When it comes to talking about Post-Traumatic Stress Disorder (PTSD), most people have a basic understanding. Sadly, many have a loved one back from military service, or have survived a traumatic event, and are suffering from this mental injury and have seen the damage done by it firsthand. Let’s take a look at PTSD as a whole, so that if this seems like you or anyone you love, you can seek appropriate help.
It is estimated that there are more than 3 million people living with PTSD in the U.S. every year. The cause of PTSD is fairly concise to define: the person either experienced or witnessed a life-threatening event. Perhaps they were a part of combat in a war. Maybe they saw physical abuse in the home growing up. Possibly they were involved in a terrible car accident. Whatever the event, it has left them wounded in the way that trauma hurts people. Hence, if left untreated, the effects of that wound become the anxiety disorder PTSD.
Symptoms of Post-Traumatic Stress Disorder
PTSD symptoms are generally divided into four different categories:
- re-experiencing the trauma
- negative thoughts and beliefs.
Re-experiencing or reliving, the traumatic event includes these symptoms:
- Frequently having upsetting thoughts or memories about a traumatic event
- Having recurrent nightmares
- Acting or feeling as though the trauma were happening again, sometimes called a flashback
- Having strong feelings of distress when reminded of the traumatic event
- Having a physical response, such as experiencing a surge in your heart rate or sweating, when reminded of the traumatic event
Actively avoiding people, places, or situations that remind you of the traumatic event includes these symptoms:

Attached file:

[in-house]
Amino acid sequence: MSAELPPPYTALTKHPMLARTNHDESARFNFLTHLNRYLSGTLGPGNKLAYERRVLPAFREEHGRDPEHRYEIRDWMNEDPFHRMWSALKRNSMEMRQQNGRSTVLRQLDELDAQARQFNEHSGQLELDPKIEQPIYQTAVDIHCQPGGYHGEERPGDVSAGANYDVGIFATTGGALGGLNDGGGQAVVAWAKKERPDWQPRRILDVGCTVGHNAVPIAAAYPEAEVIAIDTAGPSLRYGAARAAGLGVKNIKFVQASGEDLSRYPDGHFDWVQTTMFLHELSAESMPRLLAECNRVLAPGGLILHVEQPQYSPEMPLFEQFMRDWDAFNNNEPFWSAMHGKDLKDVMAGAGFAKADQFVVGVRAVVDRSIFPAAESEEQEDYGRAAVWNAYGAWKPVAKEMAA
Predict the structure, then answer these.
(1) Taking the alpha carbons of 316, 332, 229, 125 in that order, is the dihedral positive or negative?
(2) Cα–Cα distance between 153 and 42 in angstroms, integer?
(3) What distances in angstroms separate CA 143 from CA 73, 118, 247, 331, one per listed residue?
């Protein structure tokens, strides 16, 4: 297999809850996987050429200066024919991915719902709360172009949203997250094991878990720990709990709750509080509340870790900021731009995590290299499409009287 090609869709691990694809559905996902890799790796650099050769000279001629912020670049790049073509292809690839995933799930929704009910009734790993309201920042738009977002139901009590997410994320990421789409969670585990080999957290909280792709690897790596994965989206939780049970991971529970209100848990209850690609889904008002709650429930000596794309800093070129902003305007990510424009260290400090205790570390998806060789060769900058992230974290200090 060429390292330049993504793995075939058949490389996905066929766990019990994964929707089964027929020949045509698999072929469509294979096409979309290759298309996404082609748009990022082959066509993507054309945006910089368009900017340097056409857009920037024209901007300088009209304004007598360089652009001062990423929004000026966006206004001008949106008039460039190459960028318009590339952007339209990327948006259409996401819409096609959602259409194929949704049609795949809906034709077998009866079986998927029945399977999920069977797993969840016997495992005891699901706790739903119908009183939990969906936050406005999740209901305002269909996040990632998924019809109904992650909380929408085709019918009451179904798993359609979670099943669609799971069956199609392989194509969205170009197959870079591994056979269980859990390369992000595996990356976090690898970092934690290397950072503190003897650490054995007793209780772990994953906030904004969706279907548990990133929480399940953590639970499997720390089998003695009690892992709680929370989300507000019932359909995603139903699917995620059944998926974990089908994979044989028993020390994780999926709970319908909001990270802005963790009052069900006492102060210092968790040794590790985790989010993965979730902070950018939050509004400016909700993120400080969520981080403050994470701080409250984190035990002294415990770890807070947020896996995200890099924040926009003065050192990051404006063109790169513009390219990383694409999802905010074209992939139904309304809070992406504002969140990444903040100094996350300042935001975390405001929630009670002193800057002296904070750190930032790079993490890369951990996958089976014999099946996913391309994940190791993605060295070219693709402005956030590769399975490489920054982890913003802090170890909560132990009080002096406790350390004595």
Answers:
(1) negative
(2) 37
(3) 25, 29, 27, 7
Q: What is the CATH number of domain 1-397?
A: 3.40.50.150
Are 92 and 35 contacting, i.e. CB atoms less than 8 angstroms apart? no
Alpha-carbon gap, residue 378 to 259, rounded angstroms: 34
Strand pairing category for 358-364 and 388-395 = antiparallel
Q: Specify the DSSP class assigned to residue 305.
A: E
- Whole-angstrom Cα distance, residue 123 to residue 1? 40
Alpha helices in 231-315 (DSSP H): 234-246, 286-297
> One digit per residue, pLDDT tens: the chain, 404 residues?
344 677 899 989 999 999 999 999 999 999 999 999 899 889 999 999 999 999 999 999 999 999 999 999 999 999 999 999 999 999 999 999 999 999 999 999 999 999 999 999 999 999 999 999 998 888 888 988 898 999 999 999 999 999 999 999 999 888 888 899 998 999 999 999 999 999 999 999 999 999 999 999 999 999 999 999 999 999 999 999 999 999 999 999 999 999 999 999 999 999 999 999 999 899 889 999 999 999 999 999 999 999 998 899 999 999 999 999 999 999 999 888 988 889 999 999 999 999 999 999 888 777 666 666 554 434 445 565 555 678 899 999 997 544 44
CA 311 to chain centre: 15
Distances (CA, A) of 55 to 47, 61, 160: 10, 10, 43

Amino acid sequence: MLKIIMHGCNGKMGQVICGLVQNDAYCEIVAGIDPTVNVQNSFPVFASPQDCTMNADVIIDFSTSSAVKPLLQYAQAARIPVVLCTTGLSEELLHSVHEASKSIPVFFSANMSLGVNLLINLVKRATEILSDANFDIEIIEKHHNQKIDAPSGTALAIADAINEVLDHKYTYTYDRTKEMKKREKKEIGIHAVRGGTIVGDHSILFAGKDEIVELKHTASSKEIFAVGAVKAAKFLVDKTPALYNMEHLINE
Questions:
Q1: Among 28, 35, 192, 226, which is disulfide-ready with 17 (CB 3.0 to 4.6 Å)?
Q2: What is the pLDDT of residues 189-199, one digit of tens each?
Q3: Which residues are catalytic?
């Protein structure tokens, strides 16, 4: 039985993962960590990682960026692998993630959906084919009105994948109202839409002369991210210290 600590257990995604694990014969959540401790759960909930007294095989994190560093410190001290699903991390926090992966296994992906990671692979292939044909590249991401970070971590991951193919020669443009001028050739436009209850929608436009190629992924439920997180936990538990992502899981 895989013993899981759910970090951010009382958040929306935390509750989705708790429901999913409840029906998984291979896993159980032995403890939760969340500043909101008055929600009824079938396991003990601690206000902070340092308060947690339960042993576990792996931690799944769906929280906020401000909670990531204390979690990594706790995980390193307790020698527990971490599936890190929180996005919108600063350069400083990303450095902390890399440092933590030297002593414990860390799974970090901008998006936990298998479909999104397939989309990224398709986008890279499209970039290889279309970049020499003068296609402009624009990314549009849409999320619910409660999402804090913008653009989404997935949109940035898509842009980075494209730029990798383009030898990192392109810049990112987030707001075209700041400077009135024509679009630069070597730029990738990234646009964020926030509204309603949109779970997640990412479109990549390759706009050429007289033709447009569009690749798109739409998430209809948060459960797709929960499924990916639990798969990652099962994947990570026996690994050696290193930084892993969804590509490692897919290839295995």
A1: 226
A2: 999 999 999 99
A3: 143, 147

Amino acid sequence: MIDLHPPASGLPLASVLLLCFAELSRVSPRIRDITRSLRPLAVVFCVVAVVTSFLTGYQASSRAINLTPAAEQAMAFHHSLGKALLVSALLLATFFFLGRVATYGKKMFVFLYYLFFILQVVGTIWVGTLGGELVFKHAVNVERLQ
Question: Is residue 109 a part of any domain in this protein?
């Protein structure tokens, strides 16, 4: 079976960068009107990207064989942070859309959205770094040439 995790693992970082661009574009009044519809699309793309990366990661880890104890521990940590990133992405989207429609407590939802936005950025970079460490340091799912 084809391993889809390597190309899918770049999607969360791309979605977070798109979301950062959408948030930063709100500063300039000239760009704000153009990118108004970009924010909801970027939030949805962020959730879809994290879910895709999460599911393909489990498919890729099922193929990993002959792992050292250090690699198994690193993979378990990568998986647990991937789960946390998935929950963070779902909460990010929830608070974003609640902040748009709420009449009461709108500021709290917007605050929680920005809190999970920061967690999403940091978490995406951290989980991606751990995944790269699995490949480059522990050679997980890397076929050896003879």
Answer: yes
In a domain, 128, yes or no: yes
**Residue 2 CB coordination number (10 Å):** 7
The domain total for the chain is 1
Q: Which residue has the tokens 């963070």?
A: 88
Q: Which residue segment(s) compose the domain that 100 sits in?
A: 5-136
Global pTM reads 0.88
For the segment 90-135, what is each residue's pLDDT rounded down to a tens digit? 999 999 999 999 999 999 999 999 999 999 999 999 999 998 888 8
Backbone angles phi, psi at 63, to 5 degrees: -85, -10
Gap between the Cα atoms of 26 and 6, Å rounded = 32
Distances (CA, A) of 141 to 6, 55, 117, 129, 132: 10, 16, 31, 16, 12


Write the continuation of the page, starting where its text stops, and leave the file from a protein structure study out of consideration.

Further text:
- Making an effort to avoid thoughts, feelings, or conversations about the traumatic event
- Going out of your way to avoid places or people that remind you of the traumatic event
- Staying too busy to have time to think about the traumatic event
Feeling keyed up or on edge, known as hyperarousal, includes these symptoms:
- Having a difficult time falling or staying asleep
- Feeling more irritable or having outbursts of anger
- Having difficulty concentrating
- Feeling constantly on guard or like danger is lurking around every corner
- Being jumpy or easily startled
4. Negative thoughts and beliefs
Thoughts and feelings about yourself and others may become negative and can include these symptoms:
- Having a difficult time remembering important parts of the traumatic event
- A loss of interest in important, once positive, activities
- Feeling distant from others
- Difficulty experiencing positive emotions, such as happiness or love
- Feeling as though your life may be cut short
Post-Traumatic Stress Disorder is an anxiety disorder caused by a mental injury, that can be managed and treated with appropriate help. The sooner help is received, the easier it will be to treat the condition. Post-Traumatic Stress Disorder is best treated by a mental health professional such as, a psychiatrist, counselor, or therapist. Therefore, online therapy, or counseling is a growing trend that is perfect for certain patients. Help and hope are available for those managing this serious disorder.